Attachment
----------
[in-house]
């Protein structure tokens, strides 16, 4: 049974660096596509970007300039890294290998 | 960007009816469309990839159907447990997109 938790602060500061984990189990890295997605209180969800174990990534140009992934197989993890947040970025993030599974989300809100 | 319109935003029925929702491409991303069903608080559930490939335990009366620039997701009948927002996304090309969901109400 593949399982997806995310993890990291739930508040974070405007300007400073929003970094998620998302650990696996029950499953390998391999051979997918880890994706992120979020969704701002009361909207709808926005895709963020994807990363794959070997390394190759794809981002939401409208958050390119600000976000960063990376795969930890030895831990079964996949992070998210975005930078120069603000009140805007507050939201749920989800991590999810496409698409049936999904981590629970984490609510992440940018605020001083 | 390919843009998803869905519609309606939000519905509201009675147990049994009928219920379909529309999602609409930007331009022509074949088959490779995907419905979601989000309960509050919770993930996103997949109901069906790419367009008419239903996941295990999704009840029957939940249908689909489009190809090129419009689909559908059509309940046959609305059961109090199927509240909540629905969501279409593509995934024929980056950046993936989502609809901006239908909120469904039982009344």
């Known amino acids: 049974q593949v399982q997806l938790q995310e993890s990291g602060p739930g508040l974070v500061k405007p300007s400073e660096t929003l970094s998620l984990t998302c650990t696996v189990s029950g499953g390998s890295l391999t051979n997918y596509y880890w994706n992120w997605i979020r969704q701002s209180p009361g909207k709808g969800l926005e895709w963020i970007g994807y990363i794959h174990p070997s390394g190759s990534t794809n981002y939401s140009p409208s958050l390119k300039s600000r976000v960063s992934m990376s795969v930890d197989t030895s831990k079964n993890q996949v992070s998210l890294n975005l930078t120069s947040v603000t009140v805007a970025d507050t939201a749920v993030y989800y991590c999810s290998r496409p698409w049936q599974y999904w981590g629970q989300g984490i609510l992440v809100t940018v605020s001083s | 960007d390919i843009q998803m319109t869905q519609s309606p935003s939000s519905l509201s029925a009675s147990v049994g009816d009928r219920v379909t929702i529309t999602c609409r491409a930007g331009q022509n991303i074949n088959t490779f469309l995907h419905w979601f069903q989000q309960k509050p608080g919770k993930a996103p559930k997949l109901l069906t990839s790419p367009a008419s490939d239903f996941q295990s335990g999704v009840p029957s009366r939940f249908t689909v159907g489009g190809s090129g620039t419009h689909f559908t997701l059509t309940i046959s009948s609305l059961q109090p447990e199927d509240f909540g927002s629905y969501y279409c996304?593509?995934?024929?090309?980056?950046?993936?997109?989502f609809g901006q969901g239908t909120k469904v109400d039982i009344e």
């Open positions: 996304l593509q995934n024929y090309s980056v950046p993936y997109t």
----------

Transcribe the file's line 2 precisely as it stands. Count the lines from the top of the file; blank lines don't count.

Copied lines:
């Protein structure tokens, strides 16, 4: 049974660096596509970007300039890294290998 | 960007009816469309990839159907447990997109 938790602060500061984990189990890295997605209180969800174990990534140009992934197989993890947040970025993030599974989300809100 | 319109935003029925929702491409991303069903608080559930490939335990009366620039997701009948927002996304090309969901109400 593949399982997806995310993890990291739930508040974070405007300007400073929003970094998620998302650990696996029950499953390998391999051979997918880890994706992120979020969704701002009361909207709808926005895709963020994807990363794959070997390394190759794809981002939401409208958050390119600000976000960063990376795969930890030895831990079964996949992070998210975005930078120069603000009140805007507050939201749920989800991590999810496409698409049936999904981590629970984490609510992440940018605020001083 | 390919843009998803869905519609309606939000519905509201009675147990049994009928219920379909529309999602609409930007331009022509074949088959490779995907419905979601989000309960509050919770993930996103997949109901069906790419367009008419239903996941295990999704009840029957939940249908689909489009190809090129419009689909559908059509309940046959609305059961109090199927509240909540629905969501279409593509995934024929980056950046993936989502609809901006239908909120469904039982009344």